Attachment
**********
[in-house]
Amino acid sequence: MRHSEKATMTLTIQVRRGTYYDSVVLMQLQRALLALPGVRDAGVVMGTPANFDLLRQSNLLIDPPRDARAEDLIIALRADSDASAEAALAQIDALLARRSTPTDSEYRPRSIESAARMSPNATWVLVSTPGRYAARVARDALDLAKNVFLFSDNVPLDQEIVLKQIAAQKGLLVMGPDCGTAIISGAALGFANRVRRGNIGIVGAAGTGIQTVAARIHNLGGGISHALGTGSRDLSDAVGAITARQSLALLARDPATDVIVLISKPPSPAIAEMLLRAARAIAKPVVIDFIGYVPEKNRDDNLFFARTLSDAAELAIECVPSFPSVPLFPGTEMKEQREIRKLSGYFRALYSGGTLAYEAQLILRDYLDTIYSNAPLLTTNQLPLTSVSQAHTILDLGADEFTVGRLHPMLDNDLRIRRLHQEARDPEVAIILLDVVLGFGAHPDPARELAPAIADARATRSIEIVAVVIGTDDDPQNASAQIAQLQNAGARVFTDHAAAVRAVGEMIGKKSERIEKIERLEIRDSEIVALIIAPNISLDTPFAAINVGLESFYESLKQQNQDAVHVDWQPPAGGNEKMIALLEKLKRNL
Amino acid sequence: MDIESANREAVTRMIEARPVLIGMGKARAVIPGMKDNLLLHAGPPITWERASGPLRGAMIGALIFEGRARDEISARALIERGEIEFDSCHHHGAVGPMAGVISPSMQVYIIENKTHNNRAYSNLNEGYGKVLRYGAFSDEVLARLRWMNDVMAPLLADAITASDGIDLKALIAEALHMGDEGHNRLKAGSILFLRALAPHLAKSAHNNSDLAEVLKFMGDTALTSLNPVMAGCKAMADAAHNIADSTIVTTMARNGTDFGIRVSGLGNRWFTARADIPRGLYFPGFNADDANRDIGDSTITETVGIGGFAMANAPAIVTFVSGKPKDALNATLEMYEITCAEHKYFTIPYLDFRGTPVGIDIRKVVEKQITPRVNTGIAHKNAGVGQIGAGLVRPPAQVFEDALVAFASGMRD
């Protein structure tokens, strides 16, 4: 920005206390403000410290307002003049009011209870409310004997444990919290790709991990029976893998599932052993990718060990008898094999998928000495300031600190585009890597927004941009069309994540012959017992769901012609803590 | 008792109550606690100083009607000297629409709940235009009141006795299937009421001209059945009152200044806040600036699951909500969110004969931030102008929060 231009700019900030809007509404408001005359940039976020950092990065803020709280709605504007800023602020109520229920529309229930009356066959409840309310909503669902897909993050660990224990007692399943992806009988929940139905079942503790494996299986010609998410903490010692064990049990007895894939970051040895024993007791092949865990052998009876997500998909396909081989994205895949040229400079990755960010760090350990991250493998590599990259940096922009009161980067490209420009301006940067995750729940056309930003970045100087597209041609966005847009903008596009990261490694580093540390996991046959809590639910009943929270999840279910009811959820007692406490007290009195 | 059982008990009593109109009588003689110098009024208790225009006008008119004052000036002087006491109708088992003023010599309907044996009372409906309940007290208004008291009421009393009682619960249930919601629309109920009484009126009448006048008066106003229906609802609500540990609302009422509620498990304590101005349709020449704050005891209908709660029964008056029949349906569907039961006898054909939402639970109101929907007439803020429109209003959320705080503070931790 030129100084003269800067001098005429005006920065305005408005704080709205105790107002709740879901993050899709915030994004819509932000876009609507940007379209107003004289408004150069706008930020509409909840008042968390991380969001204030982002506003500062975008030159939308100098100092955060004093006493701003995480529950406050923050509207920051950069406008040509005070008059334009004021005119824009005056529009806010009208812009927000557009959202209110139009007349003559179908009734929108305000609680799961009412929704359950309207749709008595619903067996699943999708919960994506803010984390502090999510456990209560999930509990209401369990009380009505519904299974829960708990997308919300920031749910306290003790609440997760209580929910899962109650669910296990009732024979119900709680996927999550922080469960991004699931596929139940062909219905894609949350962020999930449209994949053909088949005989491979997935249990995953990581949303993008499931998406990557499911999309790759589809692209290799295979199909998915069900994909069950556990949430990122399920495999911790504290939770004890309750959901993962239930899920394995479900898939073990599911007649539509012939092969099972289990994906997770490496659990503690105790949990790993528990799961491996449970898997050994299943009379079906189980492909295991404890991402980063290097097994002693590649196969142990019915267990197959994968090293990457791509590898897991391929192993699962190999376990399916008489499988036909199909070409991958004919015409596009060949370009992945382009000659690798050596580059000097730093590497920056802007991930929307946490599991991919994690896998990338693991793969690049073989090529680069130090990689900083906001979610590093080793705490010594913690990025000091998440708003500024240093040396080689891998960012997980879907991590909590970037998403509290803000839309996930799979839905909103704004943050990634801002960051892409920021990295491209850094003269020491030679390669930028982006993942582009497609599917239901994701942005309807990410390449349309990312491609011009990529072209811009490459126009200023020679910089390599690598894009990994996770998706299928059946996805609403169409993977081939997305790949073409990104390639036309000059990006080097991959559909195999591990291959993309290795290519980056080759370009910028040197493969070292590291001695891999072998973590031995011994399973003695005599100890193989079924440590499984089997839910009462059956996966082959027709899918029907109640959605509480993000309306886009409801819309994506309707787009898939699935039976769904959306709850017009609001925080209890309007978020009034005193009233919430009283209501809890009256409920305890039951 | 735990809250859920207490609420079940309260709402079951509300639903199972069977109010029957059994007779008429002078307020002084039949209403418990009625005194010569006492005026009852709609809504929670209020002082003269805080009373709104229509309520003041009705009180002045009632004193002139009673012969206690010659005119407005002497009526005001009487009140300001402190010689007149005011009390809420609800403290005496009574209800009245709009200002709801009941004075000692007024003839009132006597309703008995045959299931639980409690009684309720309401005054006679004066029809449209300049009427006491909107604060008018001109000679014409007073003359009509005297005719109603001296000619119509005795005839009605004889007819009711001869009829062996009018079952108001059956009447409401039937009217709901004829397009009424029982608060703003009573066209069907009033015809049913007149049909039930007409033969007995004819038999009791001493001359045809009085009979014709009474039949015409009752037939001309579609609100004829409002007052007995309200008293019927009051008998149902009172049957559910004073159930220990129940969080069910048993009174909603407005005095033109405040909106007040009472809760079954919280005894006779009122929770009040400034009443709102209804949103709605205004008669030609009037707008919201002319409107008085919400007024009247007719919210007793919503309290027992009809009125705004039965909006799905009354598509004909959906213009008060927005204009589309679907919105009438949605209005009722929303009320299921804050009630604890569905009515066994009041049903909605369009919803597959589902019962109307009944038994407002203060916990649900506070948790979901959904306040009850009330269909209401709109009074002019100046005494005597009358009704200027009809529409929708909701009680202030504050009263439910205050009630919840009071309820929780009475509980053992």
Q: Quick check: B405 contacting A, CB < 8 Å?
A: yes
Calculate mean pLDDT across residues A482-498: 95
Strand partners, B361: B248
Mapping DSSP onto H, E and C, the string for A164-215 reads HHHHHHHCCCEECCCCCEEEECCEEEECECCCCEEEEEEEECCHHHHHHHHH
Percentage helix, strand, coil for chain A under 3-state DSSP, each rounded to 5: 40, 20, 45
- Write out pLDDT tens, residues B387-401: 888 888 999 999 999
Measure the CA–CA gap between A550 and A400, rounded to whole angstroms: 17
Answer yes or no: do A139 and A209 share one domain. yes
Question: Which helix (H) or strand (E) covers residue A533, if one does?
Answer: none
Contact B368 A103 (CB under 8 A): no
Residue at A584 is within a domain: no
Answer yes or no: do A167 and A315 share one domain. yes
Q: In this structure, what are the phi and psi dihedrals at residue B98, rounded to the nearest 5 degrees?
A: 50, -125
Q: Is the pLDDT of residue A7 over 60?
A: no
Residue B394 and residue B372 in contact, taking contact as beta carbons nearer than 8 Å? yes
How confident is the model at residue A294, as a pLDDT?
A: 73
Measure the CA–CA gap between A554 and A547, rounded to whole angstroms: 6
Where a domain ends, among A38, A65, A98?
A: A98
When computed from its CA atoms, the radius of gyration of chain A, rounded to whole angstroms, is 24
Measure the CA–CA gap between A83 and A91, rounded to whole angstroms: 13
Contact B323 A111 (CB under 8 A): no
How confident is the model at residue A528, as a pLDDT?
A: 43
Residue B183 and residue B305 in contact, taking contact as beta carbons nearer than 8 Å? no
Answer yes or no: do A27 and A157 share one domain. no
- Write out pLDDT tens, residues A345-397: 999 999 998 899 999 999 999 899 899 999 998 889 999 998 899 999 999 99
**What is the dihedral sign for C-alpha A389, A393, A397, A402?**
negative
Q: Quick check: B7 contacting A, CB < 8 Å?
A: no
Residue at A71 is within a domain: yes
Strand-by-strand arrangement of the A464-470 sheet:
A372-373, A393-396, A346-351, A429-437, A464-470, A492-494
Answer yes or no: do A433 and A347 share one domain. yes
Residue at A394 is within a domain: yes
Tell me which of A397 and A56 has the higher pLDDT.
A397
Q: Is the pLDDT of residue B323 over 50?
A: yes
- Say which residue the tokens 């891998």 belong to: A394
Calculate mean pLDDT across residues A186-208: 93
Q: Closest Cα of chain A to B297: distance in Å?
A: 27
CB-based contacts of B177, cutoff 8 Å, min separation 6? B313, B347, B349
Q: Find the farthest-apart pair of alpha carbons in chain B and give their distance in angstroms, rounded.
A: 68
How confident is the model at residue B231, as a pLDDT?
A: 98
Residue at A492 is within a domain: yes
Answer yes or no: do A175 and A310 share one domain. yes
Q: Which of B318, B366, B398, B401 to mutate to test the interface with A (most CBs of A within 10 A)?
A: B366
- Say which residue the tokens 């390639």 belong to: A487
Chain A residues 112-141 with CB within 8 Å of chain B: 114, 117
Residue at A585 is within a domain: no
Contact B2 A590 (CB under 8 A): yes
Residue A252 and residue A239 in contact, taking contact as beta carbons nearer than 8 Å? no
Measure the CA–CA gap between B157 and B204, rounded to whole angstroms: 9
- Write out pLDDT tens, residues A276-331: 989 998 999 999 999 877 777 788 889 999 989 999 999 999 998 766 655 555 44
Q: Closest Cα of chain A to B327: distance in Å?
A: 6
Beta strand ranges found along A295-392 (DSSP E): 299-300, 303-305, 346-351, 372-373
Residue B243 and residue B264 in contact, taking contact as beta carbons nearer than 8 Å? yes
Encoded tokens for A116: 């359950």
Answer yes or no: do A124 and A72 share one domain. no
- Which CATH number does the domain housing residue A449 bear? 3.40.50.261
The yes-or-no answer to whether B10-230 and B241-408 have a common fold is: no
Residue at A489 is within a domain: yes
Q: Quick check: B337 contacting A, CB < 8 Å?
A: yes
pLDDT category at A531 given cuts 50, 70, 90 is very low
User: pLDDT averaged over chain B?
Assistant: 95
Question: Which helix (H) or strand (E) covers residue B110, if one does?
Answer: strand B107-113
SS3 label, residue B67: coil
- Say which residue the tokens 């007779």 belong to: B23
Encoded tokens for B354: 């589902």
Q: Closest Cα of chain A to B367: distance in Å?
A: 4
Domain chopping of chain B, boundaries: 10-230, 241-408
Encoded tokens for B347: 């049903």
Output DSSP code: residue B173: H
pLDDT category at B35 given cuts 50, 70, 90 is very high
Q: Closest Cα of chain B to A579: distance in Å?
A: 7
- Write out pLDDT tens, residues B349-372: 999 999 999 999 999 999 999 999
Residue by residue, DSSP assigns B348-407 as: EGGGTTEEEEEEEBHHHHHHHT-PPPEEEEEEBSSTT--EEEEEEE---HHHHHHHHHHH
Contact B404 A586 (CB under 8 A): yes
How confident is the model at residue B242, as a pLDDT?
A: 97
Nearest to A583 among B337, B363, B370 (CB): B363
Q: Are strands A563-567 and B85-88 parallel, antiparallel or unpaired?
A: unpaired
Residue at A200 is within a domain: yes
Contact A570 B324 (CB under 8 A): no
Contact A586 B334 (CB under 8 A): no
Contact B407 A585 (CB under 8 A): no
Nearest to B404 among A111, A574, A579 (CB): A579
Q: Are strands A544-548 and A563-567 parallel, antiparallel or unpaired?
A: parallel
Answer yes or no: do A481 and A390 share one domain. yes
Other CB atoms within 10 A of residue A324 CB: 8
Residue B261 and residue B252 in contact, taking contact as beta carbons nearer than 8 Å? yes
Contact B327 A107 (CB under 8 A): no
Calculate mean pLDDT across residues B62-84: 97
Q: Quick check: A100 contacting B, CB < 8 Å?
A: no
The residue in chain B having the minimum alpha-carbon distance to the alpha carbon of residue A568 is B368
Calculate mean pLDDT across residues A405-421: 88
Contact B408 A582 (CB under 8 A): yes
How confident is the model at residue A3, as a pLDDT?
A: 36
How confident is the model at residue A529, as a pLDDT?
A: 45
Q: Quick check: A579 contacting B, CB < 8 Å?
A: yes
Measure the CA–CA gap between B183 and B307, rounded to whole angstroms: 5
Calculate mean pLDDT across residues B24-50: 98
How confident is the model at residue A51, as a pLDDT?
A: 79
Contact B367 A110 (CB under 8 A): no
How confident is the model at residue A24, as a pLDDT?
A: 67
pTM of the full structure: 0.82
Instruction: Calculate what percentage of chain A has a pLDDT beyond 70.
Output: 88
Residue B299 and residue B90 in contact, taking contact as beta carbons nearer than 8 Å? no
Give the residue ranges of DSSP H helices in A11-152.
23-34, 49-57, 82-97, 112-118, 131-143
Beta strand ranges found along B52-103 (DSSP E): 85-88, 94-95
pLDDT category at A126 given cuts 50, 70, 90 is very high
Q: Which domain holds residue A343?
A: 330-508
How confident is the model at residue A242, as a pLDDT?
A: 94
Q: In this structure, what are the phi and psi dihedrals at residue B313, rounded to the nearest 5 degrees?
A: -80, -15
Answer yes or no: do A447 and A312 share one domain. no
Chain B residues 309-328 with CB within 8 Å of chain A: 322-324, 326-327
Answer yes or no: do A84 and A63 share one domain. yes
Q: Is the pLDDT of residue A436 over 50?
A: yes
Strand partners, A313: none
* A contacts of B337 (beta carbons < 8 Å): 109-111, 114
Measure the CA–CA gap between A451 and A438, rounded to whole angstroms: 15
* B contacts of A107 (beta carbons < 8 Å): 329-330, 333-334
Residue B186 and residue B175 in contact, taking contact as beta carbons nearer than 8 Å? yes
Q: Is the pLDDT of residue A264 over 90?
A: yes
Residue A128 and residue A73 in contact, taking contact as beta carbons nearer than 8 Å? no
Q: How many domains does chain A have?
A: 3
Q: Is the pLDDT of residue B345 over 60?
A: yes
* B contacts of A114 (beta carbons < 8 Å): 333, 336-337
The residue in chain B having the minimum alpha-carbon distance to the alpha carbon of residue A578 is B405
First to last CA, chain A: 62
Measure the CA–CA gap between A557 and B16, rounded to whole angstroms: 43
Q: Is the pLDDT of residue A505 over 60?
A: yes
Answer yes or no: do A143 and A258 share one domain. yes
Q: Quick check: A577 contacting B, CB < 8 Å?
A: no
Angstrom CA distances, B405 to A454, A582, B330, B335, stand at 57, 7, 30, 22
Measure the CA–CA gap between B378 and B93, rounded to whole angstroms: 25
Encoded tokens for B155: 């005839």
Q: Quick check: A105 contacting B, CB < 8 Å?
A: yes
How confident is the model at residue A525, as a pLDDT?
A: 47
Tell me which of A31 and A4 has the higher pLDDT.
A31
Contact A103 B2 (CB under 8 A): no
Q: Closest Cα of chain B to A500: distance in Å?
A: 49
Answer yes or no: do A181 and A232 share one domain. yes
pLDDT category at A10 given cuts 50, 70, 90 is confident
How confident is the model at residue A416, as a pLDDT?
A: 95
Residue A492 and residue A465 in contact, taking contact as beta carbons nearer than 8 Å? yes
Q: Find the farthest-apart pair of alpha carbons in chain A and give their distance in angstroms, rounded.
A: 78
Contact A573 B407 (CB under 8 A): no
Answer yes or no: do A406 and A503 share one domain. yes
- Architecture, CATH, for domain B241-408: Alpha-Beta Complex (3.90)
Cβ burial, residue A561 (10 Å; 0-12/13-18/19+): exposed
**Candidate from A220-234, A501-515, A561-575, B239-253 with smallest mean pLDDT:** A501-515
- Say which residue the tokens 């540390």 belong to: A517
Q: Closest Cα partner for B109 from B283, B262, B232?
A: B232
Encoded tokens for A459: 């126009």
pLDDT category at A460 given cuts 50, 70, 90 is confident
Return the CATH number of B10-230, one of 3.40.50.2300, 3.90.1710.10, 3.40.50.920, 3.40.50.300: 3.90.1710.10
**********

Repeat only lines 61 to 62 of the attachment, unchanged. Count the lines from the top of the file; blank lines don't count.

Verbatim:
Q: Which of B318, B366, B398, B401 to mutate to test the interface with A (most CBs of A within 10 A)?
A: B366